"Education is the most powerful weapon which you can use to change the world". Nelson Mandela
Students begin each day with Circle Time. Students learn songs, finger plays and stories in the morning circle. They also learn their alphabet including sounds the letters make, colors and shapes and learning to count.
Structured activities follow Circle Time. It is really important for students in Pre-K and Kindergarten to arrive by 9:00 each morning. For younger children, arriving before lunch time is important in order for them to have a better transition. Students will be exposed to different units regularly depending on the class. Information about the unit theme and activities is always available for parents.
Weather permitting, children will spend time on the playground. During this time they can play ball, climb, play with riding toys and fine tune their gross motor skills.
After lunch, all children will have a rest period. Depending on the age and specific needs of your child, this may be from one to two hours. All students must bring their own cloth mat. Nap time will be followed by afternoon snack.
Afternoon activities include Center Play games and puzzles, free play and occasionally, age appropriate educational DVD’s. Children will also have outside play time.
Center stations vary from class to class, and may include utilizing the Puppet Stage, the Home Center, the Music Station, The Book Nook, The Dress Up Trunk, The Science/Animal Area and the Computer Center. Students will be self-directed in many activities. Center play promotes creativity and imagination in an unstructured environment.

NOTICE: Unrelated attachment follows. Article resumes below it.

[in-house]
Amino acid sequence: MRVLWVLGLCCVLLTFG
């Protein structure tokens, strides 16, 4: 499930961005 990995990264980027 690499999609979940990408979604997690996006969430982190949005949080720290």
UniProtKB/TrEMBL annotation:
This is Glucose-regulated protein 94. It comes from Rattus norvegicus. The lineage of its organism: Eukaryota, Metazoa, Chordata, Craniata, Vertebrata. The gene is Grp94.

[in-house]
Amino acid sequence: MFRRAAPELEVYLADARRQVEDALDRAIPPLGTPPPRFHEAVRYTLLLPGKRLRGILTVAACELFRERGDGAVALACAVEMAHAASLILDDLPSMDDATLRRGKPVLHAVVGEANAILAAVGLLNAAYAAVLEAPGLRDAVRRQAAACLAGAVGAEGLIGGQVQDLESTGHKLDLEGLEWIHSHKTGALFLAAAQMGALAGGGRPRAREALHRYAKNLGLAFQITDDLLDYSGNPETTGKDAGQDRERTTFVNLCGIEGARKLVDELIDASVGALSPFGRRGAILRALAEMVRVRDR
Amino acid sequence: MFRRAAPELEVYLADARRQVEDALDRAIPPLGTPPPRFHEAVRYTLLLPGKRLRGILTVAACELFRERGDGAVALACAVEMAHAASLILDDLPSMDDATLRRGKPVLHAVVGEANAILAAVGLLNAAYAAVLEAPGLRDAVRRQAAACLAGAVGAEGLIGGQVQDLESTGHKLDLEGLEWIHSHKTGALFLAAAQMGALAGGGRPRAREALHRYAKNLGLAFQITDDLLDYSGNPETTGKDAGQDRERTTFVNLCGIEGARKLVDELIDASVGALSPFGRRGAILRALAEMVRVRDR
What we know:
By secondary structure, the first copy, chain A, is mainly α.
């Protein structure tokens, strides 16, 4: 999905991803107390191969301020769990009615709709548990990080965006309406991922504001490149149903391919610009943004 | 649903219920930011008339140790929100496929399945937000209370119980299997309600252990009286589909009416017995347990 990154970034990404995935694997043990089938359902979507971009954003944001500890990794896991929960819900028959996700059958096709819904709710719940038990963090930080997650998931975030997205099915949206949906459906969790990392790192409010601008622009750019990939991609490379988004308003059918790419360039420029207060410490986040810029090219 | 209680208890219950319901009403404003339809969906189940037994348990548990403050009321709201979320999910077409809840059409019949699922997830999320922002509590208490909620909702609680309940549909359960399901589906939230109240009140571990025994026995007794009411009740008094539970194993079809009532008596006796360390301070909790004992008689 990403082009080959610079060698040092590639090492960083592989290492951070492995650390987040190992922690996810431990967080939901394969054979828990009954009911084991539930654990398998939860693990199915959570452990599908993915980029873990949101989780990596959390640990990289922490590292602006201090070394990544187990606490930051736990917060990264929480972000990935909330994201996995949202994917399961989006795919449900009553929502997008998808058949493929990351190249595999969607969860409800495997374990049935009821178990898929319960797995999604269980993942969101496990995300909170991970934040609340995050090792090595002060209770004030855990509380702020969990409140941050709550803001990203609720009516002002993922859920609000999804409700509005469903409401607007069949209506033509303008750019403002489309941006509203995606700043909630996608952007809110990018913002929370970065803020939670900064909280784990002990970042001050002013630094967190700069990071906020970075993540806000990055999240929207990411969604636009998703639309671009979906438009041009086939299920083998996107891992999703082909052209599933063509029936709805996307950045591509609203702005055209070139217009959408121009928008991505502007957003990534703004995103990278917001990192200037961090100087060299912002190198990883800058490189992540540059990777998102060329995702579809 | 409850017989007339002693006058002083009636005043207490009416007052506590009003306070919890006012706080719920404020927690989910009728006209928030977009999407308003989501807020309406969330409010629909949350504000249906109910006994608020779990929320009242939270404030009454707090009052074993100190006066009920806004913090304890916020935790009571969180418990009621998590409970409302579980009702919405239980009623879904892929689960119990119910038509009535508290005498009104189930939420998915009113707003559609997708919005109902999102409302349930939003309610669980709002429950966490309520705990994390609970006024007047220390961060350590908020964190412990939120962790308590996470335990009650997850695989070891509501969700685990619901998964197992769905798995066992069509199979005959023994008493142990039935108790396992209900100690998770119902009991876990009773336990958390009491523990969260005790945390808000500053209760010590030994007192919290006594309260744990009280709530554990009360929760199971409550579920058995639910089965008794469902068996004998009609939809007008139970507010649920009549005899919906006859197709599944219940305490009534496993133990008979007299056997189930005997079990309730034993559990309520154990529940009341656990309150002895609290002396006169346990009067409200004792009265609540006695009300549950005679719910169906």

All children participate in a weekly fitness program, and pull out programs covering sports, dance, art and theatre are available.
A Word About Play
Springbok Academy is dedicated to the principle of well-rounded learning.
While we believe that structured activities provide a foundation for future learning, we cannot diminish the significance of play in a child’s life.
Experts agree — children learn by playing. Through play, children learn self-direction and decision-making skills, as well as the skills of sharing and taking turns.
Children at Springbok Academy will be given ample playtime and daily opportunities to choose their own activities. Whether it is baking a pretend cake or feeding a real gerbil, children will be learning about their world.
During the warm months, Springbok may have scheduled Splash Days. Sprinklers, wading pools and squirt toys all may be part of the fun. During these activities, we will follow all the specifications found within the state’s Minimum Standards guide.
It is the policy of Springbok Academy to not take field trips. The only exception to this policy is the “field trip” to the adjacent property. Parents will also be asked to sign permission slips to participate in “field” activities.
Learning about the world around us includes lots of exploration. At various times during the school year, your child’s class may have a classroom pet. These animals will all follow the state’s Minimum Standards for acceptable animals. Springbok Academy students may share in the ownership of school pets — fish, gerbils, hamsters, rabbits, etc.
Weather permitting, EVERY child under the care of Springbok Academy has outside activities each day. All walking infants must be in hard soled shoes for outdoor play.
The best school day is one that is integrated rather than chopped into sections. A child who can describe several of the day's activities, but is unable to say which one was specifically an "English lesson" has had a good learning day. Therefore, Springbok's curriculum is theme based rather than a canned "programmatic" base. We are able to integrate the day's lessons around the theme which allows children to learn experientially, moving seamlessly from math to social studies, with no shift of focus. For instance, a day might involve reading a book about the theme, writing a journal entry or playing a spelling or word game related to the theme, creating a food and eating it (using math skills), doing a science experiment (fly a kite or create a battery using a potato while studying electricity and Ben Franklin, for instance), play a game that might have been played at the time or period studied or in that country.